To be fair to Houston, her acrobatics are relatively restrained compared to some of her peers and successors, but has there ever been a song when the listener's been so coerced into feeling something?

I felt nauseated, and that all but finished Whitney Houston as a listenable entity for me, so the fact that, at the end of the decade, when I found myself warming to the even more r'n'b direction she displayed on 'My Love is Your Love' and 'It's Nor Right But It's OK', it was very much a guilty pleasure.

By then, I think, the word was out on Houston's private life. It's something about the horrible nature of a) modern celebrity and b) hard drugs that she went, in public perception. almost overnight from a woman you could never imagine something bad happening to, to a woman whose early doom seemed inevitable.

A ghastly and grim death, after a tour where all reports suggested the flawless voice was completely shot, and, even worse, her death brought this famously maligned pap tribute from UKIP goon Tony Parsehole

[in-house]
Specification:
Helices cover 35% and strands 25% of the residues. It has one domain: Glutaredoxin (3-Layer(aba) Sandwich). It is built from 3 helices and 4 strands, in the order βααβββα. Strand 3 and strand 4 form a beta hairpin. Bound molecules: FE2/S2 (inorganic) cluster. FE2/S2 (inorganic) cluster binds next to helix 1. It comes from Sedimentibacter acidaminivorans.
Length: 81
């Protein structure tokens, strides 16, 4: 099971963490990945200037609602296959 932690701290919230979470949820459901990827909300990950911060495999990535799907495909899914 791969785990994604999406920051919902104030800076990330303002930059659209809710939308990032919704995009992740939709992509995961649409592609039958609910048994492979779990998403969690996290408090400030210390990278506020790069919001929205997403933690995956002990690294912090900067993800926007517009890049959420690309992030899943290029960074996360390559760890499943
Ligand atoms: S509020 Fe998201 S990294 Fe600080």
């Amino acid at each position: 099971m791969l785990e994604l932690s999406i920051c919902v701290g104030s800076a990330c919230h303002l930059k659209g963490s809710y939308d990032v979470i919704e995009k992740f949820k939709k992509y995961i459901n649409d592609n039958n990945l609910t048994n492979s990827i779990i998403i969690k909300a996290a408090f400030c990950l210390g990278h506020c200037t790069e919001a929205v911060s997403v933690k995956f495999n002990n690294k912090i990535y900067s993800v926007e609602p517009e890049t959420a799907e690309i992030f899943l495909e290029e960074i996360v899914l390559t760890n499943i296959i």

Oh well, Whitney Houston. I'm not really a fan, as you can probably tell, so why did I choose to write about her? Because she's one of the most influential artists of all time, because she defined an era of pop, because, in a sense, despite it seeming like everything went right for her, everything went wrong for her. That's obvious. I don't even mean in the obvious sense. I mean, in the narrow way a chap like me looks at it, she comes pretty low on the critical scale, and really that's just an accident of history. Whitney Houston on Motown or Stax, that would have been great. Whitney Houston, as young artist, leading a band like Destiny's Child, that would also be great.

Still, I believe the children are our future ...

Saving All My Love For You
Million Dollar Bill
My Love is Your Love
One Moment in Time
I Wanna Dance With Somebody
I'm Your Baby Tonight
It Isn't, It Wasn't, It Ain't Never Gonna Be - with Aretha Franklin
It's Not Right But It's OK
How Will I Know?
Didn't We Almost Have it All?
Where Do Broken Hearts Go?
The Greatest Love of All

Thursday, 10 July 2014

2012: The Walkmen - Heaven

I think I've always had a "favourite band". Though I've listened to hundreds of other things, though Bob Dylan probably is who I rate the highest and have listened to the most, there's always been one band who I'd be able to answer was my favourite for a fairly long period of time.

It goes

Madness (8 to 13, say)
Queen (13 to 15)
The Jam (15 to 18)
Blur (18 to 21)
Super Furry Animals (21 to 25)
Wilco (25 to 31)
The National (31 to 33)
The Walkmen (33 onwards)